Finally, I thought about getting a cover for the tiller, to keep the sun of my shiny varnish. The old tiller had crazed and flaked to a grey mess in the sun, and I liked the look of the honey-coloured pine grain. It occurred to me that, in my hoard of stuff that may one day be useful, I had the "sock" that an old hammock had come in. To my surprise, it was the perfect length and diameter. 

In the end, the only new materials in my new tiller were the aluminium brackets and a tin of external varnish. The rest came from the hoards in my back yard. That's not to justify hoarding as a good thing in general, but just saying ...
Video of new tiller in the capable hands of Otto the TillerPilot

Episode 20 Theoretical Hull Speed

I had thought about calling this blog "How fast is my boat", then recalled that we're talking sailing here and a more appropriate title would be "How slow is my boat". Then I split the difference. Kind of.

According to boat-lore, longer boats are faster. You'll find formulae on the interweb that will work out the theoretical hull speed, but not many explanations about how the formulae were derived. So, I'll give it a go, based on my understanding of hydraulics.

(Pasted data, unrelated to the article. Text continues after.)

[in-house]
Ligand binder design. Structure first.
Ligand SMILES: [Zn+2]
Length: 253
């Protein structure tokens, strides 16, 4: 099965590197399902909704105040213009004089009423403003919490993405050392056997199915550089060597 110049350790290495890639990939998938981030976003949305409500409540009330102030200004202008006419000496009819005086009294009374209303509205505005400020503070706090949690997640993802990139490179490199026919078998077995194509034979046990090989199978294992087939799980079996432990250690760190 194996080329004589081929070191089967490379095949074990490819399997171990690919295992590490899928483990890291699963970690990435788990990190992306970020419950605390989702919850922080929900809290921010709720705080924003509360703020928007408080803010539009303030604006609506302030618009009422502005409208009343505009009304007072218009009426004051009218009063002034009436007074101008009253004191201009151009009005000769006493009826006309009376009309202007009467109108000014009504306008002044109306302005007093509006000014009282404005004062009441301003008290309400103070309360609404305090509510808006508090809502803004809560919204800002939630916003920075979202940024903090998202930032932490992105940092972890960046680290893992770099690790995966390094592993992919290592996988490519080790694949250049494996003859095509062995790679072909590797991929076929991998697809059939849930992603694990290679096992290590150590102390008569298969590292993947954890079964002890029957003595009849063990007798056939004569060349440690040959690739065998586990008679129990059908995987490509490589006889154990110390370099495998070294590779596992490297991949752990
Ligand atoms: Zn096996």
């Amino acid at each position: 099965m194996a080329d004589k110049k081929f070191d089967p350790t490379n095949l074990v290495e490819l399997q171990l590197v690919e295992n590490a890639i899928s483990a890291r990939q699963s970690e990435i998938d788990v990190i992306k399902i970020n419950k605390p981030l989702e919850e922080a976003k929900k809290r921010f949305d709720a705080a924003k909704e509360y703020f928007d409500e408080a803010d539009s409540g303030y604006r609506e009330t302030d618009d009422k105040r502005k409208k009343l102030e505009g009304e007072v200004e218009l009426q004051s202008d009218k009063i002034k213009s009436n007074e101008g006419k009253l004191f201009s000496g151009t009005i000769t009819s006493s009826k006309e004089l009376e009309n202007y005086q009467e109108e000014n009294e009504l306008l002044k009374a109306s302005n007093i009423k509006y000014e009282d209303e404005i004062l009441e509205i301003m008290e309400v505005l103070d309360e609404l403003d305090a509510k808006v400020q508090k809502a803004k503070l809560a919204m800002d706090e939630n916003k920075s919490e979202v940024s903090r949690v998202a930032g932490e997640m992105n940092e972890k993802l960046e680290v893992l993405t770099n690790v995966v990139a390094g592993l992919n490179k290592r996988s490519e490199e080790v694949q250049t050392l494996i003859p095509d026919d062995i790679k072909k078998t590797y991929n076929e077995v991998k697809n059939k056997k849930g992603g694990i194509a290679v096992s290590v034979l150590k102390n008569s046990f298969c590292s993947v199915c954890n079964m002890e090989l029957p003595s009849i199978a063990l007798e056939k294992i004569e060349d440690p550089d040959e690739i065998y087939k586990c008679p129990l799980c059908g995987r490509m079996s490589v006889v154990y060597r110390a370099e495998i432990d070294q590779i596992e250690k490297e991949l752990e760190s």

The formulae are based on wave theory, but what has that got to do with boats? Firstly, sailing boats are displacement boats, meaning that they sit in the water, rather than skimming over the top of it like planing boats (or the ultra-modern sailing boats with foils). Displacement boats have to push the water out of the way to move forward. Most importantly, a displacement boat will sit in the trough of a wave, with the front peak at the bow, and the rear peak somewhere behind. The front peak is always at the bow, but the position of the rear peak determines the magical number - the theoretical hull speed.

The other important fact to bear in mind is that the speed of the wave is a function of the distance between the peaks (the wavelength). So, the faster the boat goes, the longer its wave becomes, until the rear wave peak falls behind the stern of the boat.

Try to picture three cases in your mind, looking at a boat from the side as it sails past;